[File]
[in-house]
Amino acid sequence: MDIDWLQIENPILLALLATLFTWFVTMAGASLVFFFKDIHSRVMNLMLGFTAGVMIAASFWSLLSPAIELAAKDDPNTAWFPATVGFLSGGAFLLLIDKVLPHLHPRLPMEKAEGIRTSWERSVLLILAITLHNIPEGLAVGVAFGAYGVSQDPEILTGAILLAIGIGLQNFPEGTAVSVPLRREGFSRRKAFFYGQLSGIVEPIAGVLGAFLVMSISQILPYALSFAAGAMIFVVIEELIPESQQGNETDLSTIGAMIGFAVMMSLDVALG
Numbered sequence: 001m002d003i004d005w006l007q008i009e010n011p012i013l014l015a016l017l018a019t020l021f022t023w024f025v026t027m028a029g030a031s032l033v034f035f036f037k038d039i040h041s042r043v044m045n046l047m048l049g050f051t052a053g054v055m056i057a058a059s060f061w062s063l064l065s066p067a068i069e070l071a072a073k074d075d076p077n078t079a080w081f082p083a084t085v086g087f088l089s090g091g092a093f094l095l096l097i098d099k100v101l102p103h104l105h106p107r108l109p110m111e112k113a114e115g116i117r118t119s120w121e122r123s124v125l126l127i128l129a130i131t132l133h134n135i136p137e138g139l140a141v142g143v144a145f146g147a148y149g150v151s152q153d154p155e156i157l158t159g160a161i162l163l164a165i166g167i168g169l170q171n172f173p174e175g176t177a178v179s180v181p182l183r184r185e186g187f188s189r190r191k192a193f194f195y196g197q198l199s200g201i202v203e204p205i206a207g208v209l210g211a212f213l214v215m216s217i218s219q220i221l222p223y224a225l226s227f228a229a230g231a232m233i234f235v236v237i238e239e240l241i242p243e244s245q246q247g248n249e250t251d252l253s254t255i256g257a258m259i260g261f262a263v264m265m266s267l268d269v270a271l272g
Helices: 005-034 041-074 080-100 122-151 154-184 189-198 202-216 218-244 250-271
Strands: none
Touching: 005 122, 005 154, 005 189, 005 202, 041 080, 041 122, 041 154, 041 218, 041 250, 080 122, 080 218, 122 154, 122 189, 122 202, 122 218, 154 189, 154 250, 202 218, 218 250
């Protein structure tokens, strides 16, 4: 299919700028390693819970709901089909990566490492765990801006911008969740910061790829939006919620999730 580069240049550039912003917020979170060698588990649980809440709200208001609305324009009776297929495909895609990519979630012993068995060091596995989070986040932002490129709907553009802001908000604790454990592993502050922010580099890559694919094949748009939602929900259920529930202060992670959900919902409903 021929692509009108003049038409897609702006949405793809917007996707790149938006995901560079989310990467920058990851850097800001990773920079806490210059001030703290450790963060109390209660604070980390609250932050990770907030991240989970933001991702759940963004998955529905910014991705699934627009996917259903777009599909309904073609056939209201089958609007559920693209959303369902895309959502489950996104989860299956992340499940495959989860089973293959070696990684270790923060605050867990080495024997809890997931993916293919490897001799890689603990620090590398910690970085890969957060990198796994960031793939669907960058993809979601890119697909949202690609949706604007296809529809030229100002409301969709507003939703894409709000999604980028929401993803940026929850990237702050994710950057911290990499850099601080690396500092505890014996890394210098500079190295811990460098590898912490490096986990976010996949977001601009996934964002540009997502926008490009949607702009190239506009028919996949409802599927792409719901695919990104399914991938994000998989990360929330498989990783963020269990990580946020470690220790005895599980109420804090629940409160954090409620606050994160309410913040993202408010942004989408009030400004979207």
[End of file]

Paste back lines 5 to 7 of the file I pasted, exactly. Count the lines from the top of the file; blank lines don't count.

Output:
Strands: none
Touching: 005 122, 005 154, 005 189, 005 202, 041 080, 041 122, 041 154, 041 218, 041 250, 080 122, 080 218, 122 154, 122 189, 122 202, 122 218, 154 189, 154 250, 202 218, 218 250
């Protein structure tokens, strides 16, 4: 299919700028390693819970709901089909990566490492765990801006911008969740910061790829939006919620999730 580069240049550039912003917020979170060698588990649980809440709200208001609305324009009776297929495909895609990519979630012993068995060091596995989070986040932002490129709907553009802001908000604790454990592993502050922010580099890559694919094949748009939602929900259920529930202060992670959900919902409903 021929692509009108003049038409897609702006949405793809917007996707790149938006995901560079989310990467920058990851850097800001990773920079806490210059001030703290450790963060109390209660604070980390609250932050990770907030991240989970933001991702759940963004998955529905910014991705699934627009996917259903777009599909309904073609056939209201089958609007559920693209959303369902895309959502489950996104989860299956992340499940495959989860089973293959070696990684270790923060605050867990080495024997809890997931993916293919490897001799890689603990620090590398910690970085890969957060990198796994960031793939669907960058993809979601890119697909949202690609949706604007296809529809030229100002409301969709507003939703894409709000999604980028929401993803940026929850990237702050994710950057911290990499850099601080690396500092505890014996890394210098500079190295811990460098590898912490490096986990976010996949977001601009996934964002540009997502926008490009949607702009190239506009028919996949409802599927792409719901695919990104399914991938994000998989990360929330498989990783963020269990990580946020470690220790005895599980109420804090629940409160954090409620606050994160309410913040993202408010942004989408009030400004979207």